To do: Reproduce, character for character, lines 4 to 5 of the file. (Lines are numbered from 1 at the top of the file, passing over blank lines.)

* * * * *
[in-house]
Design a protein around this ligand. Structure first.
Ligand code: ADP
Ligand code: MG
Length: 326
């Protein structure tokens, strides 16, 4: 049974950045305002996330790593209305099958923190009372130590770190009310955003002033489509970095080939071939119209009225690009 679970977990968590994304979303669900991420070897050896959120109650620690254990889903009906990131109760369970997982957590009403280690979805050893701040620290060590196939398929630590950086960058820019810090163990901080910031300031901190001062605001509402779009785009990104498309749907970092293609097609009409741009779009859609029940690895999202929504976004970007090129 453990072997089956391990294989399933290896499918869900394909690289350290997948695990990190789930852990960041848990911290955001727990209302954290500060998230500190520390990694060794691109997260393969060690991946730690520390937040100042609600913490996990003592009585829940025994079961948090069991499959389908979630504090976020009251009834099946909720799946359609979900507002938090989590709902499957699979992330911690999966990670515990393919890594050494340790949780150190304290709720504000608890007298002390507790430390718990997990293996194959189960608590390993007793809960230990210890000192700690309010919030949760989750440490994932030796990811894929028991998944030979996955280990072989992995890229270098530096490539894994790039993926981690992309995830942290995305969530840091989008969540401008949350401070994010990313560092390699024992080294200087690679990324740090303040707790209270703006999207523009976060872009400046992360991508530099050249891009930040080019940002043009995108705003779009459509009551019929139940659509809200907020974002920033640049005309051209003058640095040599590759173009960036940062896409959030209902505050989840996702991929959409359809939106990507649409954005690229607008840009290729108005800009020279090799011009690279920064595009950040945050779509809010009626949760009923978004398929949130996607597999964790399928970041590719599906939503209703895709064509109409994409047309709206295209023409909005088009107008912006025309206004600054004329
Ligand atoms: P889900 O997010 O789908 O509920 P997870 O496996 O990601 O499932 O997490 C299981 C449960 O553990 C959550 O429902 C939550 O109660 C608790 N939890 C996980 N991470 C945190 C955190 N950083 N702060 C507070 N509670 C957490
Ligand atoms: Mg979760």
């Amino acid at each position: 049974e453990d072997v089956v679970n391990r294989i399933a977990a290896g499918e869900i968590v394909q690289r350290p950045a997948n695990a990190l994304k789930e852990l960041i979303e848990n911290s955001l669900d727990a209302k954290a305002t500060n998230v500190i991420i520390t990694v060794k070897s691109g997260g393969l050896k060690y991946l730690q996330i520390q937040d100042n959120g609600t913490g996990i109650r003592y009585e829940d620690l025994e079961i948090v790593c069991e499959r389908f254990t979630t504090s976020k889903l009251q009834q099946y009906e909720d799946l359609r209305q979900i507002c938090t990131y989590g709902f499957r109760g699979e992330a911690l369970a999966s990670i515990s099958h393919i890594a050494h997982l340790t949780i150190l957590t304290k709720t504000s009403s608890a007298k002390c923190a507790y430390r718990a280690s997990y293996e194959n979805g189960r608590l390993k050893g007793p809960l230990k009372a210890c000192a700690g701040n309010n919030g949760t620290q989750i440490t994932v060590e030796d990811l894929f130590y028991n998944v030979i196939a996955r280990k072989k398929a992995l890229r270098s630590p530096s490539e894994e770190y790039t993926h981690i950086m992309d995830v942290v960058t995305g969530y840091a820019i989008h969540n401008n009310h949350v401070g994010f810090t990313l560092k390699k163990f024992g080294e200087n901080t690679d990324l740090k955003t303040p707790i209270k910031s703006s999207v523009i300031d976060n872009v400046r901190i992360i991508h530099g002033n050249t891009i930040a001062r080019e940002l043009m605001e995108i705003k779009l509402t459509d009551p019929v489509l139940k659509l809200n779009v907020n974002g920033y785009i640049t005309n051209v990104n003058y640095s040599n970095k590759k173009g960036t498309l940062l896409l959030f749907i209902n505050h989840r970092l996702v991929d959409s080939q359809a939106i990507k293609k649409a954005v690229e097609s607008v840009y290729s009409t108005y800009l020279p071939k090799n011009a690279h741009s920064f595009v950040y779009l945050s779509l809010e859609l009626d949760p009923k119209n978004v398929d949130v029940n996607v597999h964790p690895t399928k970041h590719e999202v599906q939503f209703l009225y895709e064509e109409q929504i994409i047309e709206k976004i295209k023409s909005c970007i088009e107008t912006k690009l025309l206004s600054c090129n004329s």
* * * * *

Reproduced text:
Ligand code: MG
Length: 326